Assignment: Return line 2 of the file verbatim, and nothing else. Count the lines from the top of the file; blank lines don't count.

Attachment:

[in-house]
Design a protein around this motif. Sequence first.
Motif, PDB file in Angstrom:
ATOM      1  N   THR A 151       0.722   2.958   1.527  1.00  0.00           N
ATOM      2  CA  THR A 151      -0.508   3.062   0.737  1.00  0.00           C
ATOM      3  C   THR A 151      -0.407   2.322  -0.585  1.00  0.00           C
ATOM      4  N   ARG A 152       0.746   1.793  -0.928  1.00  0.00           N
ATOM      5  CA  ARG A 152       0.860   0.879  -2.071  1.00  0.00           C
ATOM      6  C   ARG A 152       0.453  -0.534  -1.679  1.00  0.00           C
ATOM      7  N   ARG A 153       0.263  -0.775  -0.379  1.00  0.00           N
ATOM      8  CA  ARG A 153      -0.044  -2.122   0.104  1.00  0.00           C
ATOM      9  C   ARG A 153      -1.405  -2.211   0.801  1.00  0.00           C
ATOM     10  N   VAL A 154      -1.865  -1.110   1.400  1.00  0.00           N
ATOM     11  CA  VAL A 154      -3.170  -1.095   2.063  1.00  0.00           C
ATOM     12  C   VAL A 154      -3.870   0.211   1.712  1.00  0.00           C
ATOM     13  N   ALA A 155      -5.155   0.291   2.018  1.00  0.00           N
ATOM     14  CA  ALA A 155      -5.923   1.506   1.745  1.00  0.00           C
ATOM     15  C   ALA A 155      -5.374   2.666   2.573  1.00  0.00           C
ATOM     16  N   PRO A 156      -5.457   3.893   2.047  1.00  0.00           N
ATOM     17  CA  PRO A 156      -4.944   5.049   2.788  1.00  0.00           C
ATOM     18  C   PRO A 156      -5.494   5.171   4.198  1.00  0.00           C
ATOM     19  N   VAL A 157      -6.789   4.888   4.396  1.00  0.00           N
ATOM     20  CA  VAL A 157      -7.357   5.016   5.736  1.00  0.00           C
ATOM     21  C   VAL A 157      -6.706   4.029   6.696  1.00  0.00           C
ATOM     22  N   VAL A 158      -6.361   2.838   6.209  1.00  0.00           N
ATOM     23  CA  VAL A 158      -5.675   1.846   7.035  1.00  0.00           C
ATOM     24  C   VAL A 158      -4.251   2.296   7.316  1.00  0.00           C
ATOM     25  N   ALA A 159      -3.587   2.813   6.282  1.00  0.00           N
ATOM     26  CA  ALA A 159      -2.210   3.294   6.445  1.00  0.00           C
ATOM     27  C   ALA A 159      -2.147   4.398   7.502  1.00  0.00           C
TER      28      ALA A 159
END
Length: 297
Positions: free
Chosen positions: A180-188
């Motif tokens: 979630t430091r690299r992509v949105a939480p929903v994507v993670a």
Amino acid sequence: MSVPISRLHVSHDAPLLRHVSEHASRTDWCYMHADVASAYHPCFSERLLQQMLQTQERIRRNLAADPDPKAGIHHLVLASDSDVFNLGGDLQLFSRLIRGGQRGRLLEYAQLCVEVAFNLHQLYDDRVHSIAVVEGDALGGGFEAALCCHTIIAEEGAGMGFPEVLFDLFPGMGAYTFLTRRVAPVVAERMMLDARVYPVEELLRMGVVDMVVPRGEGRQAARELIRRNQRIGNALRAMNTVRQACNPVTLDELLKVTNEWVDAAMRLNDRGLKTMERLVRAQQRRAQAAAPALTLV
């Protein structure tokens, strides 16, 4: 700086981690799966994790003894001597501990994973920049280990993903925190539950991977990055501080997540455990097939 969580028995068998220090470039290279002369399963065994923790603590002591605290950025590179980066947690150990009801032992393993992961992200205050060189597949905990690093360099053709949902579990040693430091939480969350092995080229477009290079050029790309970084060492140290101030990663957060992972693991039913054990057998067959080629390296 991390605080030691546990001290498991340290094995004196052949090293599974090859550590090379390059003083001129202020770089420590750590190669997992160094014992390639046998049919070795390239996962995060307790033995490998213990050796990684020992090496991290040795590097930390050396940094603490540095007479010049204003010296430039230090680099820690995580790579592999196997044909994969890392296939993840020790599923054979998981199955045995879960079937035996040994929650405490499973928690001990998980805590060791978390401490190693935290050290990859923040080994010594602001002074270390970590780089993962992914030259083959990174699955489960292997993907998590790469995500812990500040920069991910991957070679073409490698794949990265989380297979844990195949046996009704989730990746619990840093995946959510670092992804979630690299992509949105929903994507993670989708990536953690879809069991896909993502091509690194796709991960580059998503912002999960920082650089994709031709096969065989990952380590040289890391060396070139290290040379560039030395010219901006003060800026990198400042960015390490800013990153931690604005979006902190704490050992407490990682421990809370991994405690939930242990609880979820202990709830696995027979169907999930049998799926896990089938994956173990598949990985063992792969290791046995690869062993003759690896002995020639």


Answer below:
Design a protein around this motif. Sequence first.